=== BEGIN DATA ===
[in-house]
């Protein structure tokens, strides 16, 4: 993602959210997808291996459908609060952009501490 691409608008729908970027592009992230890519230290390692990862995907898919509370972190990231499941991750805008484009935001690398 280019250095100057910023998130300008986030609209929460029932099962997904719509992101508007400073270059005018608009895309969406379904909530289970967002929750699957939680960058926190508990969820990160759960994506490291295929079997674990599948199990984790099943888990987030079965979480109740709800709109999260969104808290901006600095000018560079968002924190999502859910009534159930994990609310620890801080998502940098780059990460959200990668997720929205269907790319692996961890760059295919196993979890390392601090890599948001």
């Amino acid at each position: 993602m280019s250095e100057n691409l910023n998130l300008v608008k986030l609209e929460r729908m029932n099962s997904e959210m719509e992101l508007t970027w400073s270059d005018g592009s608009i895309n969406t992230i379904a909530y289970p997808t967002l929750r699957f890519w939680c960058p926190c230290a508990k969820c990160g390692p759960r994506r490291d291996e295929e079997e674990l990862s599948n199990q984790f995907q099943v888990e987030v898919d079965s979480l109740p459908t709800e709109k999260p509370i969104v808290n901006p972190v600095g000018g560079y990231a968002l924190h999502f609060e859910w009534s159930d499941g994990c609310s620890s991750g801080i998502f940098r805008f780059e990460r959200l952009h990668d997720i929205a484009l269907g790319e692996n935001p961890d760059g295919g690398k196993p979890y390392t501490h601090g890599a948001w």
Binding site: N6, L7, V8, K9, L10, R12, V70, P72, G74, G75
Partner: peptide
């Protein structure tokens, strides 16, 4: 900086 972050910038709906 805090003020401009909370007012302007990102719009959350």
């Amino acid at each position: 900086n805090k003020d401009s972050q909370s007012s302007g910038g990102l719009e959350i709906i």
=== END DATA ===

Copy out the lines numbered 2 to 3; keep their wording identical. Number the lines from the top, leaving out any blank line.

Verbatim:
């Protein structure tokens, strides 16, 4: 993602959210997808291996459908609060952009501490 691409608008729908970027592009992230890519230290390692990862995907898919509370972190990231499941991750805008484009935001690398 280019250095100057910023998130300008986030609209929460029932099962997904719509992101508007400073270059005018608009895309969406379904909530289970967002929750699957939680960058926190508990969820990160759960994506490291295929079997674990599948199990984790099943888990987030079965979480109740709800709109999260969104808290901006600095000018560079968002924190999502859910009534159930994990609310620890801080998502940098780059990460959200990668997720929205269907790319692996961890760059295919196993979890390392601090890599948001």
């Amino acid at each position: 993602m280019s250095e100057n691409l910023n998130l300008v608008k986030l609209e929460r729908m029932n099962s997904e959210m719509e992101l508007t970027w400073s270059d005018g592009s608009i895309n969406t992230i379904a909530y289970p997808t967002l929750r699957f890519w939680c960058p926190c230290a508990k969820c990160g390692p759960r994506r490291d291996e295929e079997e674990l990862s599948n199990q984790f995907q099943v888990e987030v898919d079965s979480l109740p459908t709800e709109k999260p509370i969104v808290n901006p972190v600095g000018g560079y990231a968002l924190h999502f609060e859910w009534s159930d499941g994990c609310s620890s991750g801080i998502f940098r805008f780059e990460r959200l952009h990668d997720i929205a484009l269907g790319e692996n935001p961890d760059g295919g690398k196993p979890y390392t501490h601090g890599a948001w």